Agenda item

Charitable House to House Collections Policy

Consideration of a Draft Charitable House to House Collections Policy (report of the Head of Public Protection enclosed).


The Public Protection Manager introduced the Charitable House to House Collections Policy and the Charitable Streets Collection Policy:

  • The Charitable House to House Collection Policy included door to door and clothing collections and was based on the requirements of the House-to-House Collections Act 1939.
  • The Street Collections Policy was based on the Police, Factories, etc (Miscellaneous Provisions) Act 1916.
  • There was no statutory requirement to have a policy but without one in place there could be inconsistency in the way collections within the district were managed.
  • There was also a need for more clarity around the application process and expectations of charity collection organisers, such as information around percentage returns and security checks.
  • There was no transparency for decisions without the policies in place.
  • The policies aimed to protect the rights of charities to raise funds and balanced this with protection of residents in the district from the pressure of too many collections at one time.
  • The policies presented were the first draft and officers were seeking the agreement of the Committee to put the policies out for consultation to different stakeholders, e.g., Charities, Policy Development Panel and residents via publication of the policy on the website.
  • The draft policies were based on tried and tested policies at East Lindsey District Council.
  • The policies were not controversial but aimed to put protections in place for all parties around granting a collection permit.
  • The scheme of delegation within the policy detailed the reasons as to why the grant/refusal of a permit would be subject to a Panel decision.
  • The proposed consultation would take place over the summer and the final policies would be brought back to the Committee in the autumn for approval.


Members raised the following points:


  • Did charities have to apply for a permit annually or for every collection?
    • Officers confirmed that charities had to apply for specific timings and areas, but some national charities would give a broad range of dates and that would be over a number of weeks. It was important to remember that it was a permit that was issued for collections rather than a licence.
  • There wasn’t anything in the House-to-House policy that stated collectors had to have an ID badge.
    • Officers responded to say that the Home Office Stationary Office provided collectors with an ID badge.
    • It was a challenge to monitor what happened on the ground once the permit had been granted.
  • Members felt that ID should be checked as the public could be at risk.
    • Officers confirmed that the legislation required collectors to have ID, but they could consider adding this requirement into the wording of the policy.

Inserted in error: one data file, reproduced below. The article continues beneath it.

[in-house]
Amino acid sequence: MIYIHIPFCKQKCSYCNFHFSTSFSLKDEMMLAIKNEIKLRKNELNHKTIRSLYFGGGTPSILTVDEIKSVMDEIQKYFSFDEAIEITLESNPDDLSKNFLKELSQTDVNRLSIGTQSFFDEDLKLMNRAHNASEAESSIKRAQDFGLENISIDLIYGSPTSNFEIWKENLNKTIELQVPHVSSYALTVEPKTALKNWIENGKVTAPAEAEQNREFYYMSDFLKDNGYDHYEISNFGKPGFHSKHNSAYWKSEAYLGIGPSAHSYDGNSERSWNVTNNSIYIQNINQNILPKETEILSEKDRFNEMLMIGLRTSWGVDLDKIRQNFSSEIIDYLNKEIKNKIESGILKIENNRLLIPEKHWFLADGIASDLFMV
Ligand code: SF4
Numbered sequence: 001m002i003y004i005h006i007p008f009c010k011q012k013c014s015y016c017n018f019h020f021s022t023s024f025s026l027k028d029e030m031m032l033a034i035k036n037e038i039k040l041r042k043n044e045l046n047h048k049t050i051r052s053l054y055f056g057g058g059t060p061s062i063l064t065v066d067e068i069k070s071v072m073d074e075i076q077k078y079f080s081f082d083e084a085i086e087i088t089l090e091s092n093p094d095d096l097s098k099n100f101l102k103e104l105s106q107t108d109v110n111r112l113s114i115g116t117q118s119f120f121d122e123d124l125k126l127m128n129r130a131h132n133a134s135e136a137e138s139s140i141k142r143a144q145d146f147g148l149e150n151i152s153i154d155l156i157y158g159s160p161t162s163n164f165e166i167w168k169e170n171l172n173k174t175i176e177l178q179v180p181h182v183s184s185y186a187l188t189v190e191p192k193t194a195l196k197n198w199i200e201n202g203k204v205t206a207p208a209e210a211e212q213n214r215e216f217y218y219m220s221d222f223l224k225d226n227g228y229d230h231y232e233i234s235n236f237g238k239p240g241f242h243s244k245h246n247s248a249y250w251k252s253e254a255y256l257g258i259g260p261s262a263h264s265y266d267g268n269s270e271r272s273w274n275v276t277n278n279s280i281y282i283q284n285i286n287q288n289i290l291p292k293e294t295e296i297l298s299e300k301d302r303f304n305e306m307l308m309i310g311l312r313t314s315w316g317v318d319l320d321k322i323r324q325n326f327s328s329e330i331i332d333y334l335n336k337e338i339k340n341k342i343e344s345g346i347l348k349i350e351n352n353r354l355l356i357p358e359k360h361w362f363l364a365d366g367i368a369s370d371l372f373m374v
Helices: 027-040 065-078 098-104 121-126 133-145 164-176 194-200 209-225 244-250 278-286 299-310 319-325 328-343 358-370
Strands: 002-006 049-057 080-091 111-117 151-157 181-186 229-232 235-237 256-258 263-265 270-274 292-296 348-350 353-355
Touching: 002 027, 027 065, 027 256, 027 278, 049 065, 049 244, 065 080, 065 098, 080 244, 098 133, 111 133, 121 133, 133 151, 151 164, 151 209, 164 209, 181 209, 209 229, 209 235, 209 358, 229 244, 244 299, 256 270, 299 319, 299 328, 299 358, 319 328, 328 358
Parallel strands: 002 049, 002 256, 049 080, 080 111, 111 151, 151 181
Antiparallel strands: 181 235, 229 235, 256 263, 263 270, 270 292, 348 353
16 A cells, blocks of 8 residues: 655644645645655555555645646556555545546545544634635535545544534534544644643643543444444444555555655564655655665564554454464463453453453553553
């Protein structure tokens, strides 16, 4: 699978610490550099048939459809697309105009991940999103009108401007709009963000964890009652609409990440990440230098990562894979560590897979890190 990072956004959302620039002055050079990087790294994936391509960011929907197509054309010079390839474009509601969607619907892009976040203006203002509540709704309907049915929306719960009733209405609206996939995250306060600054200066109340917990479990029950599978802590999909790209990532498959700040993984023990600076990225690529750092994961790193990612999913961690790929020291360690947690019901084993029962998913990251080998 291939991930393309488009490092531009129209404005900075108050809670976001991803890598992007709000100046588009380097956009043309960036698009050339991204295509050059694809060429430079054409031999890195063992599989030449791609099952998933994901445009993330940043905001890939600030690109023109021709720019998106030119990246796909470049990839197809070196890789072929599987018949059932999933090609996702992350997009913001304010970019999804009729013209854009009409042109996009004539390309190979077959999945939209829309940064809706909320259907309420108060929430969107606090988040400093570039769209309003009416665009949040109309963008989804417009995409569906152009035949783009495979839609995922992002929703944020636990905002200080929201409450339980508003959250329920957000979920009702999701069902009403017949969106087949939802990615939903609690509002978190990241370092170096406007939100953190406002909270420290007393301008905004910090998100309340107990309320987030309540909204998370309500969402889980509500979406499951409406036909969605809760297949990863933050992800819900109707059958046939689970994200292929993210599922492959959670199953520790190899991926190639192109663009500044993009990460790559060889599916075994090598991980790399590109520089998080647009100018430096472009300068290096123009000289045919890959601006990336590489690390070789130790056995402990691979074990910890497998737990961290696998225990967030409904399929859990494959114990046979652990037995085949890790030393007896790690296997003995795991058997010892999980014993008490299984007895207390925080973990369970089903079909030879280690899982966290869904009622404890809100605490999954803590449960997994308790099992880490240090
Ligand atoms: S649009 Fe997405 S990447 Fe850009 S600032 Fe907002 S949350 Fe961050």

• If complaints were received about bag collections, residents were advised to check if the bag came from a registered charity.
    • Officers were working on providing a public register of collections on the website to enable residents to check what collections were taking place in their area.
  • As there was a National Exemption Order in place for larger national charities, did they have to notify the Council of their collection dates?
    • Officers responded to say that charities that were subject to a National Exemption Order did not have to apply for a permit, but it was good practice for them to advise the Council via a letter as the Council could then offer alternative dates if other charity collections were already taking place in the area.
  • Could something be incorporated into the House-to-House collections policy to ensure collections bags did not obstruct the highway?
    • Officers confirmed that this was not part of the policy, but a good practice guide could be put on the website regarding bag collections.
  • Were residents currently able to check the register of collections going on in the area?
    • Officers responded that currently the on-line system was not operating as it had previously been a shared system with Breckland Council. However, work was being undertaken to get the register back up and running again as soon as possible.
  • Once the register was back up and running, could it be advertised more to the public?
    • Officers confirmed that they would take this into consideration.
  • Why was there a disparity in the application time frames for the different types of collections?
    • Officers responded that there were different requirements within the legislations that sat behind the two different types of collections.
  • Members were of the understanding that individual collectors from each charity had to register and be given a badge number that correlated with their collection bucket.
    • Officers said that this may be stated in the Charity Commission guidance and therefore something for each charity to manage but was not a requirement of the legislation in terms of the permits issued by the District Council.
  • What was the maximum limit of Street Collections and House-to-House Collections that could take place at one time?